Note: I received an advanced copy of this book from the publisher in exchange for an honest review.
I knew very little about Shome Dasgupta’s The Sea Singer before I began reading it. The extent of my knowledge was that it was something vaguely to do with magical realism, was on Accent Press’s spring 2016 Young Adult list, and had an intriguing title. Whatever I was expecting, I was not expecting to be quite as blown away as I was. The Sea Singer is genuinely beautiful, strange and brilliant novel, one of the most original I have read. I remain a bit bemused as to why it’s being marketed as YA – for me it was just a brilliant piece of magic realism. It combines the matter-of-fact eccentricity of Daniel Wallace’s Big Fish with the magical beauty of Salman Rushdie’s Midnight’s Children with the matter-of-fact tone of Andrew Kaufmann’s All My Friends Are Superheroes.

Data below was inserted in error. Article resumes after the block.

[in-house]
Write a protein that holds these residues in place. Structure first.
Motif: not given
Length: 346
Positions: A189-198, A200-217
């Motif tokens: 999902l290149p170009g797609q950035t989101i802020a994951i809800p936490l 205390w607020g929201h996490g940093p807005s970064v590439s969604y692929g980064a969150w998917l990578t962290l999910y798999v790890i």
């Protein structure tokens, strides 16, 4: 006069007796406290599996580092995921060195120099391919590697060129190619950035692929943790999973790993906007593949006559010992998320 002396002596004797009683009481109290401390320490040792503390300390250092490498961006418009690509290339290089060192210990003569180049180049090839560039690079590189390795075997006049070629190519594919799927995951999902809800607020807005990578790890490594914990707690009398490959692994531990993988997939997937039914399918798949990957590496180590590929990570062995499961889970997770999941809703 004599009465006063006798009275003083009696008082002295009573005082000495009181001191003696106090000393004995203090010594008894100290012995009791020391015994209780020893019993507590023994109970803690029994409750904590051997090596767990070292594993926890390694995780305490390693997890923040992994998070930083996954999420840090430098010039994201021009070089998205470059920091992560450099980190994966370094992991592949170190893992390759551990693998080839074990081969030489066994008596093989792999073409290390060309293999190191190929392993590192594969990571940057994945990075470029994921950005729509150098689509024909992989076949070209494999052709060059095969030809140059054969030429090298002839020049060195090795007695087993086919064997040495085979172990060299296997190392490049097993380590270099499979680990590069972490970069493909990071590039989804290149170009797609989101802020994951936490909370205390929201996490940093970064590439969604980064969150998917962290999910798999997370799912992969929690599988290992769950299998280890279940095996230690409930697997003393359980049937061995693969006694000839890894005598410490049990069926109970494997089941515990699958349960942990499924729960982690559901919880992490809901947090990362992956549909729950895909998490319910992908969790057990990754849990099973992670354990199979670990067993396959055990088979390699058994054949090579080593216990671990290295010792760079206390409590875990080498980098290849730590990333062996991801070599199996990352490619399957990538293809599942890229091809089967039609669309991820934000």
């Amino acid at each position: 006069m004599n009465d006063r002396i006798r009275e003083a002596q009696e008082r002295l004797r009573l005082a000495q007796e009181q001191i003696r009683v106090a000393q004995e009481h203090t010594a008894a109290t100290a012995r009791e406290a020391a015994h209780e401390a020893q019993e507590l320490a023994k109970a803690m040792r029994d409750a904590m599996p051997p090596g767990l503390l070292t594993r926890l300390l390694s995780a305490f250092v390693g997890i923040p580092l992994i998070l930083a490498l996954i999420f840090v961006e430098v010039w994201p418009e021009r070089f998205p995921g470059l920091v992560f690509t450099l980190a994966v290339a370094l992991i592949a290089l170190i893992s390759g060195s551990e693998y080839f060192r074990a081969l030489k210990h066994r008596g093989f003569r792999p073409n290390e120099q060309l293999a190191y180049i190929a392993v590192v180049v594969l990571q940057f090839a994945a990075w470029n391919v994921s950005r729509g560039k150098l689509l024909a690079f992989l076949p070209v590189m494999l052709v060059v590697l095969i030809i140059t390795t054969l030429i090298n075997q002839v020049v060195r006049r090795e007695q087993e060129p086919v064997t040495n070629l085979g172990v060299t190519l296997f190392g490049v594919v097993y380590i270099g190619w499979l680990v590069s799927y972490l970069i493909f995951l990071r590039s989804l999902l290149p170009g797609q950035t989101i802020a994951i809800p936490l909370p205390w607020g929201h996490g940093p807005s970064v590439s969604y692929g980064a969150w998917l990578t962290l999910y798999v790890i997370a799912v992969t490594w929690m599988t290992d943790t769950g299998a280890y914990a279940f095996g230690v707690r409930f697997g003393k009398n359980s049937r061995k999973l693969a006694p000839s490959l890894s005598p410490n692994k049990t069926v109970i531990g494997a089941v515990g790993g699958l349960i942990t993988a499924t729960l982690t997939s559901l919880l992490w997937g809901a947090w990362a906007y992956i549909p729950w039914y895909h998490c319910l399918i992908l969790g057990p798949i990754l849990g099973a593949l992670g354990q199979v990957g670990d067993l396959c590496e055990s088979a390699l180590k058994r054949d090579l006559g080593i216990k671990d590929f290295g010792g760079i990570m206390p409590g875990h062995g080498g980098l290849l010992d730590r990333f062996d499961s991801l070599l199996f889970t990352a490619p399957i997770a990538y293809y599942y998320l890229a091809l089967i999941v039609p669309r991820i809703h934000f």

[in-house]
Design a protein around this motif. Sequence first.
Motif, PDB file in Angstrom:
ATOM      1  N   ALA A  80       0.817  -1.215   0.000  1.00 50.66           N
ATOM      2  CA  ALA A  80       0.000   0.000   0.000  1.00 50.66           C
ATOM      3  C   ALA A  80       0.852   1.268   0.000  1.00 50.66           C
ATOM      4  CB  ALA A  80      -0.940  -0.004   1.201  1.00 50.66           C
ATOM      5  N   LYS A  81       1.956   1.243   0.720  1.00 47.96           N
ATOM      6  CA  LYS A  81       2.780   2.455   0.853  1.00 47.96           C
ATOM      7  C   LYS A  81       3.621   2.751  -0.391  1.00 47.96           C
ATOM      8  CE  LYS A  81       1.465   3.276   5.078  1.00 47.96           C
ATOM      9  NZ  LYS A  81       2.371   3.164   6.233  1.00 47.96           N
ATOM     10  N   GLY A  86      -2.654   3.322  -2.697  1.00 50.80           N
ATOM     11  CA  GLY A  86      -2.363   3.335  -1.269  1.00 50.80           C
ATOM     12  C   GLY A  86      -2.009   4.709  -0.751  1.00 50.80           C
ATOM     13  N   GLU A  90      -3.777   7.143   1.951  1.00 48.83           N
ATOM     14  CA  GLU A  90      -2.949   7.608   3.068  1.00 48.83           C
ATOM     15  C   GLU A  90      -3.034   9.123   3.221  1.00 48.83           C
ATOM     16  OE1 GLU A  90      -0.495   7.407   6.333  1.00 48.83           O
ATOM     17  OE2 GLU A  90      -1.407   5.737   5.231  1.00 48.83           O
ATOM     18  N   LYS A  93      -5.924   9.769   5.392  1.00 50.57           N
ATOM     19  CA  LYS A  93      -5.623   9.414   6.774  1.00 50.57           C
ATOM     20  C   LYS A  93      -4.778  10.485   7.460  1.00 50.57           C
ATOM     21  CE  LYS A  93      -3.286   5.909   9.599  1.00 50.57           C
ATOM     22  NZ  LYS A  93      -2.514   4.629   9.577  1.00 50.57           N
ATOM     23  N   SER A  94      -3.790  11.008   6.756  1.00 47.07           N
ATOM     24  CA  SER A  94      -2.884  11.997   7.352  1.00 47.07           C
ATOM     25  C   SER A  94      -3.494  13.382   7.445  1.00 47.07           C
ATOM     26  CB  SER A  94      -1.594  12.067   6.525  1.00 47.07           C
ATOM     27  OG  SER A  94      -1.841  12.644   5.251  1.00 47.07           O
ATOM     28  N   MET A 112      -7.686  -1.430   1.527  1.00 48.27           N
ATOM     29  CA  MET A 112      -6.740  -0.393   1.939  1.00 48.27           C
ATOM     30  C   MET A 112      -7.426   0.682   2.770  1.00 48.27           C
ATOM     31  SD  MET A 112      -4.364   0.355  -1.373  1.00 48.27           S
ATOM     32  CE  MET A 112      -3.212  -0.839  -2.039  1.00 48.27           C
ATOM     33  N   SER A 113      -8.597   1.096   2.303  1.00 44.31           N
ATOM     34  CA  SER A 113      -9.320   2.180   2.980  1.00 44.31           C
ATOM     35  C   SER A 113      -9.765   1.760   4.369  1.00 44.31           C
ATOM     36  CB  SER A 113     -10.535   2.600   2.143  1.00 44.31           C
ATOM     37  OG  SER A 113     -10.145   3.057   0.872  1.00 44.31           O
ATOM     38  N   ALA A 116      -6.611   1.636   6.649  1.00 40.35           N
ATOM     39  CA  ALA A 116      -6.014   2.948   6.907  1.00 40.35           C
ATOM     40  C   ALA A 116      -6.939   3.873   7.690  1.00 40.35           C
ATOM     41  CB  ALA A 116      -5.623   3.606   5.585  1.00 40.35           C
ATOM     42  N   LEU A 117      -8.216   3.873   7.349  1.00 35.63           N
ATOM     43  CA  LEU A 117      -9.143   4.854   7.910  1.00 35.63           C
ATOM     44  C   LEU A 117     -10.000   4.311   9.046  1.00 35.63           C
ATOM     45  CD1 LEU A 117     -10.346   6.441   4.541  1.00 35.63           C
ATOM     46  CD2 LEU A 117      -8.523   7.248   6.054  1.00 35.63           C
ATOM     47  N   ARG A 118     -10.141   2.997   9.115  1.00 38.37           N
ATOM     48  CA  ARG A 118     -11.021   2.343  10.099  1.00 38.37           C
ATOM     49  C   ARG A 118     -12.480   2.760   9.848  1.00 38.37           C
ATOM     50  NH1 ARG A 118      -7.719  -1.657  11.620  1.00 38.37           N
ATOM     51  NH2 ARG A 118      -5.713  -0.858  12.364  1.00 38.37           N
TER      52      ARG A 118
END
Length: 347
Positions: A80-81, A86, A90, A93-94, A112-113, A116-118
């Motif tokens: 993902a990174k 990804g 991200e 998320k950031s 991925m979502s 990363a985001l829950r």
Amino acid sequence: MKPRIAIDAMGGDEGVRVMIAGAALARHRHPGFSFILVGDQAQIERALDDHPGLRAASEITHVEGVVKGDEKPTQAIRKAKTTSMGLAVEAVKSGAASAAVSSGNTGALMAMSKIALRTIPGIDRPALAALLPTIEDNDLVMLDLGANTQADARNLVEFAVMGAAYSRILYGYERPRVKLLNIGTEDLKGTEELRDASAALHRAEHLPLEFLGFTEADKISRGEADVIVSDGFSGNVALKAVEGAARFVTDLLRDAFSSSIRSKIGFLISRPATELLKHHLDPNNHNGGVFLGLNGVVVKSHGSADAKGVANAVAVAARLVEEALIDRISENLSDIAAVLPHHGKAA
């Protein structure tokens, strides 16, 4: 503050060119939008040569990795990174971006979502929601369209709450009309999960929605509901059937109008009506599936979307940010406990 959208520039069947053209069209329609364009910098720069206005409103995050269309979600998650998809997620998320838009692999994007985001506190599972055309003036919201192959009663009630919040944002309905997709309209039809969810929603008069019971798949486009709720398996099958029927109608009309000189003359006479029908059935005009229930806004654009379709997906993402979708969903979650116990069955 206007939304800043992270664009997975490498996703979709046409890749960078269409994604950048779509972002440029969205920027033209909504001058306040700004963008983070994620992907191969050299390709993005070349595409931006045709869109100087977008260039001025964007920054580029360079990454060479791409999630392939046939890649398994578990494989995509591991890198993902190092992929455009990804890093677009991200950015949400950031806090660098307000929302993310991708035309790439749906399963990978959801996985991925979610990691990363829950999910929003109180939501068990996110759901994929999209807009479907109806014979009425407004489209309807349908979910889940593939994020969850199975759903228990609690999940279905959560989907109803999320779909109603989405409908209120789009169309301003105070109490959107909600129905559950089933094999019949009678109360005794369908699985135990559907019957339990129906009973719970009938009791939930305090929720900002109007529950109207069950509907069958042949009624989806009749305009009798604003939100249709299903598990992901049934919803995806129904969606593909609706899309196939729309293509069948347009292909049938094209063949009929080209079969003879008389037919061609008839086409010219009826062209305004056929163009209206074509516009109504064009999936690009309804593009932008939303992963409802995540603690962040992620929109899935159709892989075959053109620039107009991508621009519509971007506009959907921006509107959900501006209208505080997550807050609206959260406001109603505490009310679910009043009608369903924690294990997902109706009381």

The book tells the tale of March, who is born in the month of April in a small town in India. She quickly proves a rather unusual child. March cannot close her eyes. From the moment of her birth, she cannot sleep. She sits and watches the world, and then she sings. In fact, March sings so beautifully and impressively that her mother in fact spent the whole of her pregnancy fast asleep, because the unborn March was singing her lullabies from the womb. That is the kind of novel this is. It is very weird and very brilliant.